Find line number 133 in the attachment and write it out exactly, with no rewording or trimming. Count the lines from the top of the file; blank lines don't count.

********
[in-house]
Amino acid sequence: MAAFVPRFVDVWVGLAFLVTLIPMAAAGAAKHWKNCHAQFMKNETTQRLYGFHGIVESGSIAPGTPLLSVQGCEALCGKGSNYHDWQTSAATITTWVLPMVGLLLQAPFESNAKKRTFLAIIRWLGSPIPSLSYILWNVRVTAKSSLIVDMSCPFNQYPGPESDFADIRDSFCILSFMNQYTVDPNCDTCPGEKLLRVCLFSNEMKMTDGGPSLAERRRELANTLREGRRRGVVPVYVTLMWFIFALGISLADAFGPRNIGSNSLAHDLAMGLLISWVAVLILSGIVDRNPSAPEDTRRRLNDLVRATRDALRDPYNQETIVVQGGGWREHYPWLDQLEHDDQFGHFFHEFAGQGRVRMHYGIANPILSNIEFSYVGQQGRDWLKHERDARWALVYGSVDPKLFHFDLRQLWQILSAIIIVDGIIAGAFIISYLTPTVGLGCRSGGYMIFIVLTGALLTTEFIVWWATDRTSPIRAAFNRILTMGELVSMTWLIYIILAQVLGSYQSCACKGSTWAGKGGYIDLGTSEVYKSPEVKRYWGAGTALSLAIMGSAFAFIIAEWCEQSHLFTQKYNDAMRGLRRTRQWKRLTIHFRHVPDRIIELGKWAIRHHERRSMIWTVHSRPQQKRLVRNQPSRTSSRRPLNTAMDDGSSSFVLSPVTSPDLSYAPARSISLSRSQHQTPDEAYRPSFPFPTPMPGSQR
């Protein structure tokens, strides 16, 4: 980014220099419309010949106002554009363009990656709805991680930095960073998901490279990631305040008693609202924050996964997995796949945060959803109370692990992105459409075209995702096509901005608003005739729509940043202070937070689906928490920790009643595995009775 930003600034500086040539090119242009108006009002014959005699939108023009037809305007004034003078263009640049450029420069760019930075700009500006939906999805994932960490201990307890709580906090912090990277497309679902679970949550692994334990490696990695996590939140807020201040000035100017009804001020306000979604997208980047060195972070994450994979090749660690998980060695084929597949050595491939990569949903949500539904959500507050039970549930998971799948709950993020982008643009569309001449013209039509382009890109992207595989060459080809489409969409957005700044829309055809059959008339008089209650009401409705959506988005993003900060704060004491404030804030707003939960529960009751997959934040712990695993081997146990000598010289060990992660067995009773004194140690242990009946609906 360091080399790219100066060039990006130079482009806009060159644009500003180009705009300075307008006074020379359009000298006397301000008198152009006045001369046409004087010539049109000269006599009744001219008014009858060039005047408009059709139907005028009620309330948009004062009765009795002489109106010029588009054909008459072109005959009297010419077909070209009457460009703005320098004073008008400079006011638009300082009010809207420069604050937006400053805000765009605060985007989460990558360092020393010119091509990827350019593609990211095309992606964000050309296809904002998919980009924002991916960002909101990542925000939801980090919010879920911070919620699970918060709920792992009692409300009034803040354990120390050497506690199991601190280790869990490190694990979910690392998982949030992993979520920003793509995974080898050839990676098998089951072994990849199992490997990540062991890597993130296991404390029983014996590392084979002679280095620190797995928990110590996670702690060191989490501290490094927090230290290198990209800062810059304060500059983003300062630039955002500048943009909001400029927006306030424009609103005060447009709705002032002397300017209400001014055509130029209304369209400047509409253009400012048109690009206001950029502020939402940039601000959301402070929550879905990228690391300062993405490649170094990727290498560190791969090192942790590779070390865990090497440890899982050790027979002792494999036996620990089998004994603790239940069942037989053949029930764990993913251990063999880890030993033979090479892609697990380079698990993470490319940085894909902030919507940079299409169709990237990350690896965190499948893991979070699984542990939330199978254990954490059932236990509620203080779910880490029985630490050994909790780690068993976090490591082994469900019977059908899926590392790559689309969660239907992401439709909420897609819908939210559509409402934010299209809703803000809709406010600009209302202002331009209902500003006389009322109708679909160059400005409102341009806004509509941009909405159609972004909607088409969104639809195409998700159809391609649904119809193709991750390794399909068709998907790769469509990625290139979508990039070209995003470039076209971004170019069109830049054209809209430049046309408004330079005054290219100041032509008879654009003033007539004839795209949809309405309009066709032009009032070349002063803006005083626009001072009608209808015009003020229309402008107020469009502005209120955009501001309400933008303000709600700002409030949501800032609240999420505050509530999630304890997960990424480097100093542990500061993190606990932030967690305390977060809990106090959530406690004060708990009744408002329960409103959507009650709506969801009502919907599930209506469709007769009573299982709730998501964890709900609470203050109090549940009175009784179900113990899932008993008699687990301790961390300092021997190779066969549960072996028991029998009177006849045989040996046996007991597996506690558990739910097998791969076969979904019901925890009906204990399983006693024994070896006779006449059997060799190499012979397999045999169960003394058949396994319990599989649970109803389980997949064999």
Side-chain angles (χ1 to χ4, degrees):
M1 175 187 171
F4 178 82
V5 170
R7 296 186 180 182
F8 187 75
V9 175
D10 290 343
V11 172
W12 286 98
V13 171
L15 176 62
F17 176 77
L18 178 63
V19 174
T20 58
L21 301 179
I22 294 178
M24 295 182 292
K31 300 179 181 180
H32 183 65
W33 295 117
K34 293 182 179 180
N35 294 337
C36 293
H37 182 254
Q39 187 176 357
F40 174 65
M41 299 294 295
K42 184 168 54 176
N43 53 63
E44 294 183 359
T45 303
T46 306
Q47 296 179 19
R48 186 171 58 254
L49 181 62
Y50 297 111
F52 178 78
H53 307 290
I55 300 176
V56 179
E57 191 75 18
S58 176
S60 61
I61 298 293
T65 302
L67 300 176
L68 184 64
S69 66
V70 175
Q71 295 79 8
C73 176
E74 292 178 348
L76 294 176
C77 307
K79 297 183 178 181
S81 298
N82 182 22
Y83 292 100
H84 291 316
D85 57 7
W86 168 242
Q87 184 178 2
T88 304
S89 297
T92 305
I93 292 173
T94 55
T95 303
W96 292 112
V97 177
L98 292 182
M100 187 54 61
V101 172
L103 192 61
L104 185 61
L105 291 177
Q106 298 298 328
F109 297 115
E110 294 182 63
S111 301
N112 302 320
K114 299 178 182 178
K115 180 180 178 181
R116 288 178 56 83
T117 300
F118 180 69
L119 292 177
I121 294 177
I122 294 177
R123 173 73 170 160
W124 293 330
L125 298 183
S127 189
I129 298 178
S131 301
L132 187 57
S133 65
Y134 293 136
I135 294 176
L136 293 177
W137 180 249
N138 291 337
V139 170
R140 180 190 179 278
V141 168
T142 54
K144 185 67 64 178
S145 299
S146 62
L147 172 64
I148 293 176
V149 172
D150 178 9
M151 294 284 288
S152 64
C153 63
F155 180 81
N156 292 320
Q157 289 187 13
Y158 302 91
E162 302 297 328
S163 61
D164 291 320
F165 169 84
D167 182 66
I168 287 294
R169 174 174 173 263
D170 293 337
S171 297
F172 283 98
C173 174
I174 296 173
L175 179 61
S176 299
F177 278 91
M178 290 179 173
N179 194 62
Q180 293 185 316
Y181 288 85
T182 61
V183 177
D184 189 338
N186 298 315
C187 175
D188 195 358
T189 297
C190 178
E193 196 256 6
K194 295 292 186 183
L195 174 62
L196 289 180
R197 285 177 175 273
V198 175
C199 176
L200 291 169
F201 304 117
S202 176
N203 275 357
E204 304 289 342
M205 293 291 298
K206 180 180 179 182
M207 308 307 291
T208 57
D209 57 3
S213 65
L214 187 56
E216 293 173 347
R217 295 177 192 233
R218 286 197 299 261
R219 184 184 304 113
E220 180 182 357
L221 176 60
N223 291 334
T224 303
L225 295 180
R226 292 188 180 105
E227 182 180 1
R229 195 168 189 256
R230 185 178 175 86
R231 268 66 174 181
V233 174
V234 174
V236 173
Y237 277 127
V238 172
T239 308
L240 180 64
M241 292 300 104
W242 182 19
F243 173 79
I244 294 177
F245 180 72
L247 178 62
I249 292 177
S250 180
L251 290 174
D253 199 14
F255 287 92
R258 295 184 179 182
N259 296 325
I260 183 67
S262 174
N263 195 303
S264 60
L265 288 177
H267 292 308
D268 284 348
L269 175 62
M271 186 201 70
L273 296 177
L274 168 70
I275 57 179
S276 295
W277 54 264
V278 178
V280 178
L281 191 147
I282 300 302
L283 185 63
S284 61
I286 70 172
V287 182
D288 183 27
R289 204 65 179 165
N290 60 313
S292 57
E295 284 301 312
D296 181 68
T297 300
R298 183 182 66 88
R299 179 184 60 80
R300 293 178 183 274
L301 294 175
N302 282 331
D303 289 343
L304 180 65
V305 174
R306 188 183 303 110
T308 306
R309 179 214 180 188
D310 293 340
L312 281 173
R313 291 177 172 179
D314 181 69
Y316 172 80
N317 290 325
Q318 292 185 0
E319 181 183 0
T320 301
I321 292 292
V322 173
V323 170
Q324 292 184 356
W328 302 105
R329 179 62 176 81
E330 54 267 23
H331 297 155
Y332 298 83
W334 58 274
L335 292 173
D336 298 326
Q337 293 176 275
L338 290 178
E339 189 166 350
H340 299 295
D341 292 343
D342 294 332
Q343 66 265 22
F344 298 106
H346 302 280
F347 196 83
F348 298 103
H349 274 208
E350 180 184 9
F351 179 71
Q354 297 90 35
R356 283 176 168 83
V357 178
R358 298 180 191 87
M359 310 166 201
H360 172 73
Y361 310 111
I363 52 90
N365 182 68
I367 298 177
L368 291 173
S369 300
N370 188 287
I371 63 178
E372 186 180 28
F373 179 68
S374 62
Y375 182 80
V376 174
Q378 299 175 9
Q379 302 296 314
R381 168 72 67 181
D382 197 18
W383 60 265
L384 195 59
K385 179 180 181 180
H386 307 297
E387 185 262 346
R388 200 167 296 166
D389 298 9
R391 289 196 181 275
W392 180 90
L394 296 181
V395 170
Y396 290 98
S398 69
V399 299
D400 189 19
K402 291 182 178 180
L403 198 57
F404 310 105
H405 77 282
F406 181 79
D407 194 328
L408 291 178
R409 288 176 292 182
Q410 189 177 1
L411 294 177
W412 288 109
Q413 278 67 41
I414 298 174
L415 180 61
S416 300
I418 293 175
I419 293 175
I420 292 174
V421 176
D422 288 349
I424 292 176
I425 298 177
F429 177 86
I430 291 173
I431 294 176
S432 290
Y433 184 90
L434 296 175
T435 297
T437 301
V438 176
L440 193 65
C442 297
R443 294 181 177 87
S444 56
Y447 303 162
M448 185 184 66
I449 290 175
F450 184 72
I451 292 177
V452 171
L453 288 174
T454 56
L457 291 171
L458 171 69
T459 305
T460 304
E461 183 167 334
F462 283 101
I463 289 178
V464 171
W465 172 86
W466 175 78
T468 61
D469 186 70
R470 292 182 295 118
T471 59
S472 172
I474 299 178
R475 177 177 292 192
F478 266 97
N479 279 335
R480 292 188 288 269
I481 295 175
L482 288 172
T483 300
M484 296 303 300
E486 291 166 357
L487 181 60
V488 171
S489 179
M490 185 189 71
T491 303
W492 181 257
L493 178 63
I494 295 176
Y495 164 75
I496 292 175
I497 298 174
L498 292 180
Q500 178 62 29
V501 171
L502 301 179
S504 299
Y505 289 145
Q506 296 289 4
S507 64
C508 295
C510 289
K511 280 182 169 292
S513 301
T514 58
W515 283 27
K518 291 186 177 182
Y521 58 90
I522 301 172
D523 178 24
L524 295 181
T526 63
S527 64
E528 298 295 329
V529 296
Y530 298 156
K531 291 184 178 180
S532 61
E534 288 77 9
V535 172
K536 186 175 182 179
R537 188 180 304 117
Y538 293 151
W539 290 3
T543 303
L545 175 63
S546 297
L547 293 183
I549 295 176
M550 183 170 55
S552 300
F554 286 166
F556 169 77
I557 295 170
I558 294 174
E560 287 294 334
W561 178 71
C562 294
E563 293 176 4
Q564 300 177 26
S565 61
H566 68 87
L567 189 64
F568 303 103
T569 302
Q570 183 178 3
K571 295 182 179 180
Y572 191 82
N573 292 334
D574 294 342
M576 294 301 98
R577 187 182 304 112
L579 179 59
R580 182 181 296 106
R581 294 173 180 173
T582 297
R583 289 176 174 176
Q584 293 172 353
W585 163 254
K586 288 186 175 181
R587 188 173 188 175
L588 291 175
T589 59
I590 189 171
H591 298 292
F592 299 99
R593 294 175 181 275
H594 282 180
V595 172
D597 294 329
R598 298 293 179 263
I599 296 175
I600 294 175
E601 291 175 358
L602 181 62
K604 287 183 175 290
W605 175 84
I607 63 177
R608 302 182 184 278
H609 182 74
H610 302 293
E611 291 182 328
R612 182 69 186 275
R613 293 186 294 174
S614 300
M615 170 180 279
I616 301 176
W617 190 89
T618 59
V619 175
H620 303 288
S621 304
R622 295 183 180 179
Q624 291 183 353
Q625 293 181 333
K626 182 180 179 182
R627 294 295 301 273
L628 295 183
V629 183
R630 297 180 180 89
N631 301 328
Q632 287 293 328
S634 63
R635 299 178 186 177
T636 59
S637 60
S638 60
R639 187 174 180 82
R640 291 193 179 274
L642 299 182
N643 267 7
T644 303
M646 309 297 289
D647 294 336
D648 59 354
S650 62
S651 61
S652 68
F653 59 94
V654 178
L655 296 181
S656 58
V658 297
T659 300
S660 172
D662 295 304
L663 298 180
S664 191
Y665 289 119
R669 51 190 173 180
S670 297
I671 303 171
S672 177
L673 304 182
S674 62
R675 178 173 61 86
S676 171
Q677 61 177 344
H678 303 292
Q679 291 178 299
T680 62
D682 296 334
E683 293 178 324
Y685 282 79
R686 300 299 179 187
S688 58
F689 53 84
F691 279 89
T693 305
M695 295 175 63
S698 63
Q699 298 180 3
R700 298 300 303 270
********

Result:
D170 293 337